Soon, the friends began to turn on each other. Each of them wanted to survive, and they eventually realized that, in order to do that, they would have to kill their friends. There was only one among them that was willing to try and fight the mysterious killer, rather than kill anyone else. In fact, he was willing to kill himself just to save his girlfriend's life. All the rest were concerned only about their own survival.

The killer was good and creepy. He only communicated via video or a walkie talkie, and we didn't see his face until the very end. He was mysterious, and his voice was deep and raspy. There was some pretty impressive gore in there too. But let's talk about what this movie's real purpose is. It's to make us think about what we would do in the same situation.

Would you ride it out, try to fight the killer, or would  you sink to his level and murder all your friends? There were several different types of characters in the movie. There was the asshole who didn't think twice about killing his friends. There was the hysterical one who's fear eventually drove him to kill his friends; the girl who gave up and accepted that she was going to die. And, finally, the girl who relied on her boyfriend to keep her safe, until she finally realized that the only way she'd be safe was by killing him. Who would you be?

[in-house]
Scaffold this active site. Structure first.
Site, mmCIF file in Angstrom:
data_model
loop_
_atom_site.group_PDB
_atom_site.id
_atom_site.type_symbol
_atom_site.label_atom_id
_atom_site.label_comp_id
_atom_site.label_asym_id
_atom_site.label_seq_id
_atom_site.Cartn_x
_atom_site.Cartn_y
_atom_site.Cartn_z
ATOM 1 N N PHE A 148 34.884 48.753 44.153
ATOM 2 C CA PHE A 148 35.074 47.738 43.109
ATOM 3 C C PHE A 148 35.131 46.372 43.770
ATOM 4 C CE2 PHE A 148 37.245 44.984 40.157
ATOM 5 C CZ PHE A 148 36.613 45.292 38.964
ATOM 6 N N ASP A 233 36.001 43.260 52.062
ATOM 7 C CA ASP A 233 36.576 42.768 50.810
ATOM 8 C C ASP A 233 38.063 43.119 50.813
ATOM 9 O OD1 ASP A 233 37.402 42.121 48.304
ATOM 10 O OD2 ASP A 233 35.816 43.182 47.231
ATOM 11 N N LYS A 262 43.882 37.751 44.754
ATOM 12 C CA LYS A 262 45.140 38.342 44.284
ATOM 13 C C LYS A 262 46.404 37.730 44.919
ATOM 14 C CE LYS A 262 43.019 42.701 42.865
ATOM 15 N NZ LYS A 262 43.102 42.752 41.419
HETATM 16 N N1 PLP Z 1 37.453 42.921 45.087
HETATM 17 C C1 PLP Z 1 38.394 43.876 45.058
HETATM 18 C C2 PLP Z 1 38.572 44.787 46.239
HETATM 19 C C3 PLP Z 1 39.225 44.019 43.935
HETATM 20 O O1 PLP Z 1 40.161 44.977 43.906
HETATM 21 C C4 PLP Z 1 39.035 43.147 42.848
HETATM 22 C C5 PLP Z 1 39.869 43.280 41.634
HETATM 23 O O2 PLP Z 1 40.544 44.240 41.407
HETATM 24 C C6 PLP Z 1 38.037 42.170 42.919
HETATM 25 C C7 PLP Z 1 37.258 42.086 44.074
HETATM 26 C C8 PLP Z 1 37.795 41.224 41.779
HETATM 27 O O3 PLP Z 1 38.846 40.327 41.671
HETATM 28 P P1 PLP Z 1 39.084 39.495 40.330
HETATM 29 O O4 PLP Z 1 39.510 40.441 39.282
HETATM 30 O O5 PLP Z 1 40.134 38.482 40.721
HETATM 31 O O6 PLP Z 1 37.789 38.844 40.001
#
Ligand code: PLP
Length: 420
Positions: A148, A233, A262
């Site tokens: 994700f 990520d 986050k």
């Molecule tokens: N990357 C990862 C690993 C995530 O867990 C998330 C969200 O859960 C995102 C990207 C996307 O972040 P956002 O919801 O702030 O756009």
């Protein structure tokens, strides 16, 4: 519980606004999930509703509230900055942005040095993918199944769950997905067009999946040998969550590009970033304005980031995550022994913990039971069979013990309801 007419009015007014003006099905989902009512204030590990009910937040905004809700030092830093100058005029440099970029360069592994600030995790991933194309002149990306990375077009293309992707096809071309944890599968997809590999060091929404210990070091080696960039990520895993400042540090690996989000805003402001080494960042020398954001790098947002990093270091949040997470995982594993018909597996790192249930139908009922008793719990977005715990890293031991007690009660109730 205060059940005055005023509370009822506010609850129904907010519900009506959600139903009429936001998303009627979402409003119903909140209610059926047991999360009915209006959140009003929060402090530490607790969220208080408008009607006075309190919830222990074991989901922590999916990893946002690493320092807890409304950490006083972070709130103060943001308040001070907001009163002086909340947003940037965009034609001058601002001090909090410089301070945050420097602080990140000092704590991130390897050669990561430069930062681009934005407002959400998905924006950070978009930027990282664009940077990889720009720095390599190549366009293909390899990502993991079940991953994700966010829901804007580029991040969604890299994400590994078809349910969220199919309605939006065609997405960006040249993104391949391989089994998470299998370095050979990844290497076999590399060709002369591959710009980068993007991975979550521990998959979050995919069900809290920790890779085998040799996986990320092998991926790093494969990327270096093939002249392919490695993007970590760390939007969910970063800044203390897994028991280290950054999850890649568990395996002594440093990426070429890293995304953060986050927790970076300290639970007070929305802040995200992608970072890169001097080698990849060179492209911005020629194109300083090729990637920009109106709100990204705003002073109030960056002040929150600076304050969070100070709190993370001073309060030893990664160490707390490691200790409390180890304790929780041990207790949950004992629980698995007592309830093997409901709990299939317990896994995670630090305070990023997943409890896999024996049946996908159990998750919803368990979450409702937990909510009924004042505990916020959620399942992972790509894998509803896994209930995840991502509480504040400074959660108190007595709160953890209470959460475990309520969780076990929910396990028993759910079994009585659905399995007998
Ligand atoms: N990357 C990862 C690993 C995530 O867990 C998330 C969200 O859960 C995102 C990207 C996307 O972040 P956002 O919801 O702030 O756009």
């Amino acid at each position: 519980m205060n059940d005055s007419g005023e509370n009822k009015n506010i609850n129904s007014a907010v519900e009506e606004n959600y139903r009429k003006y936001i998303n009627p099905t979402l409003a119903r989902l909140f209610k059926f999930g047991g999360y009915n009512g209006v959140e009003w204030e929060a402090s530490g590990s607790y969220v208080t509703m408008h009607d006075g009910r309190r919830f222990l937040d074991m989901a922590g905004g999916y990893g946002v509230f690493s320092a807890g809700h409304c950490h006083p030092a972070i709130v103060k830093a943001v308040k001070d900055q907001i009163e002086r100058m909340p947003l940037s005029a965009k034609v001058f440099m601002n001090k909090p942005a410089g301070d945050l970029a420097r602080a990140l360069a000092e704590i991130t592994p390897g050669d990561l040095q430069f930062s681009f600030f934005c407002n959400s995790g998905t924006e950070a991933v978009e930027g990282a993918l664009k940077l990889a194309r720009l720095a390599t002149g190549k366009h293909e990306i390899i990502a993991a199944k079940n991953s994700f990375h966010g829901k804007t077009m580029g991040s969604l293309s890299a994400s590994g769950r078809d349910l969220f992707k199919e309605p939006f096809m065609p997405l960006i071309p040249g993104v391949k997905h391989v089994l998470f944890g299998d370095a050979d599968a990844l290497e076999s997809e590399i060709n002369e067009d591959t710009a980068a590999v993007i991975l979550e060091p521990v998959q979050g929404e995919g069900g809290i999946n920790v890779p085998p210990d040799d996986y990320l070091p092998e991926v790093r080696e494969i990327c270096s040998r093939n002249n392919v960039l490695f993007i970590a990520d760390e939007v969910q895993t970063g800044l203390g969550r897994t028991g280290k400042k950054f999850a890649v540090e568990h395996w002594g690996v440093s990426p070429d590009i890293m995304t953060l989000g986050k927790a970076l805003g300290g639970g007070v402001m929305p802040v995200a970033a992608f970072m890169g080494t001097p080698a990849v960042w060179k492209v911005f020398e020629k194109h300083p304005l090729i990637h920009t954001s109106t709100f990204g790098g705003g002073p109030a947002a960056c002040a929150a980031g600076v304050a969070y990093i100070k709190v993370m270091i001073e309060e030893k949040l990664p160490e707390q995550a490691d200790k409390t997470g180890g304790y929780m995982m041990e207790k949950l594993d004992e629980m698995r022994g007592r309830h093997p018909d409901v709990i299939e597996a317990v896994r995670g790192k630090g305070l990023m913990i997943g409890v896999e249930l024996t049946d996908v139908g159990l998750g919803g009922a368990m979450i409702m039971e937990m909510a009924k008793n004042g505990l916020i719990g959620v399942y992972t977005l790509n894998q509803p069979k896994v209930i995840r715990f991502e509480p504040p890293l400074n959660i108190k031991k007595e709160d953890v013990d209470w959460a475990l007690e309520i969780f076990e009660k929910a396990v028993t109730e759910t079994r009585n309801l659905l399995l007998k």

I think most people would say that they would never kill their friends. But not me. I know that I would be extremely concerned about my own survival. So, initially, I'd say that I would do it. I would kill them to make sure I stayed alive. But when I really think about it, I feel that I couldn't do it. If I had to look in my boyfriend's face, knowing that I had to kill him or die...I think I'd go insane before I was able to do anything. But, realistically, no one knows how they would react unless they were actually put into the situation. I think that I'd try to ride it out for a while. When it got close to the end, hysterics would set in, and I'd go crazy on someone. So, I think I'd be the girl relying on her boyfriend until she finally kills him.